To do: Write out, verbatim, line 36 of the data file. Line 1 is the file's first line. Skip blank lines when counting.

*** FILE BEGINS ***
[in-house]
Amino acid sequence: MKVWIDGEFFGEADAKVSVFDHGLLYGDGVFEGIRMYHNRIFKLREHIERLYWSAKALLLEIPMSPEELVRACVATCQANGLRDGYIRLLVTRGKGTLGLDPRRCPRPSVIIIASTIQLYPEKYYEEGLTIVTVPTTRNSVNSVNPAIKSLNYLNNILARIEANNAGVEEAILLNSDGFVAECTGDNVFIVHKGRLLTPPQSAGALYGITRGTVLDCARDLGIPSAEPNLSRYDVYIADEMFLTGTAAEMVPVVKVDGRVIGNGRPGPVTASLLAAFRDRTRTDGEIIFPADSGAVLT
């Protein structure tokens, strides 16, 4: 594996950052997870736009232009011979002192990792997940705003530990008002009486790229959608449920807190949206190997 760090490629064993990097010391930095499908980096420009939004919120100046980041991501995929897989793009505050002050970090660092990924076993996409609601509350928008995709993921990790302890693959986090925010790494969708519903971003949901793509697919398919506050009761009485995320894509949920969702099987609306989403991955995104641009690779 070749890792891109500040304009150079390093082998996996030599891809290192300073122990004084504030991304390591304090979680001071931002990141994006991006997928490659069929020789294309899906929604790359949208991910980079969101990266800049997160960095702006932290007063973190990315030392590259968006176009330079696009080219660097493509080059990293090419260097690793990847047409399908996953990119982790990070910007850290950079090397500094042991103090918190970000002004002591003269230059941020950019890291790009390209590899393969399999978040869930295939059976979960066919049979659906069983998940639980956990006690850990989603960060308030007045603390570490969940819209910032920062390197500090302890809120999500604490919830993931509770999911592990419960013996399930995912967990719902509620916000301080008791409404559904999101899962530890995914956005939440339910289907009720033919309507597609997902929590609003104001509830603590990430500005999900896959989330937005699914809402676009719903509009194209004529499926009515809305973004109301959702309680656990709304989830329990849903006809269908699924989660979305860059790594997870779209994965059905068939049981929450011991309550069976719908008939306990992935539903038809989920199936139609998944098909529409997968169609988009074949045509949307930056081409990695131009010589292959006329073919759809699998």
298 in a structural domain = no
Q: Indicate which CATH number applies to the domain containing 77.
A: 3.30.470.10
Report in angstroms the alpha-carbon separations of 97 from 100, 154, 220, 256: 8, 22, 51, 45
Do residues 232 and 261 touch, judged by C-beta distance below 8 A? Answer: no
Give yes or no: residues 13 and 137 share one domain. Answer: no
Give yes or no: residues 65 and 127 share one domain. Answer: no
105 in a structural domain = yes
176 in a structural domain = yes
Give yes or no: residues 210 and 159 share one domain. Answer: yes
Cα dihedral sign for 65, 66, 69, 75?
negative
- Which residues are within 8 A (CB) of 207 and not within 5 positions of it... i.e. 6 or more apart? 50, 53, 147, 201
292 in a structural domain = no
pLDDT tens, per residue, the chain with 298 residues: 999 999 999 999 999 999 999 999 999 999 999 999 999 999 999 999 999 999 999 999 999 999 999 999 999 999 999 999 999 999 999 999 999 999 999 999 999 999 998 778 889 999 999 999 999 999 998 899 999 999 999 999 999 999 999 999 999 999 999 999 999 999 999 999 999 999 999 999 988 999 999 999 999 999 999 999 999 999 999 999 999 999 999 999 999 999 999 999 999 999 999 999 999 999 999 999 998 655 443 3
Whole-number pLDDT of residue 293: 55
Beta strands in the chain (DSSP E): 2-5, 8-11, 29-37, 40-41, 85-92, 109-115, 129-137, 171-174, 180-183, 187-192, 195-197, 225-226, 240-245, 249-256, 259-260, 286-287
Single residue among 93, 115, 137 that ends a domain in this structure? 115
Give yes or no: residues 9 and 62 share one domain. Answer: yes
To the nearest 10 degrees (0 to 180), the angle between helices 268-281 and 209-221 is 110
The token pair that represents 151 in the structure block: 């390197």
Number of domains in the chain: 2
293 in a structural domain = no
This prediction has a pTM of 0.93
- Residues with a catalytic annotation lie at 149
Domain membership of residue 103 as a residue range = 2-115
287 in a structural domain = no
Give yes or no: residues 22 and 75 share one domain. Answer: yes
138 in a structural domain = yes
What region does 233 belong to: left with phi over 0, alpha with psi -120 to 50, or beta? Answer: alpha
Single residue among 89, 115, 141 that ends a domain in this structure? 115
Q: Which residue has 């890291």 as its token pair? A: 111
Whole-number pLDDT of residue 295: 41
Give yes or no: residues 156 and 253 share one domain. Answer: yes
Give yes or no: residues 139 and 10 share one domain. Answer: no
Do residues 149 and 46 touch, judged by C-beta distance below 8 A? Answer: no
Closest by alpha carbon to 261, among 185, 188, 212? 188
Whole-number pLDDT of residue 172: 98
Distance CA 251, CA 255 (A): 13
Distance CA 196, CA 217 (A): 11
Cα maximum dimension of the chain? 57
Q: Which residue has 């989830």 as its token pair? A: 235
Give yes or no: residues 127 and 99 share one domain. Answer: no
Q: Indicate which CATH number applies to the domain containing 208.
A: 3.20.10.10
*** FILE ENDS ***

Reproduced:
Whole-number pLDDT of residue 295: 41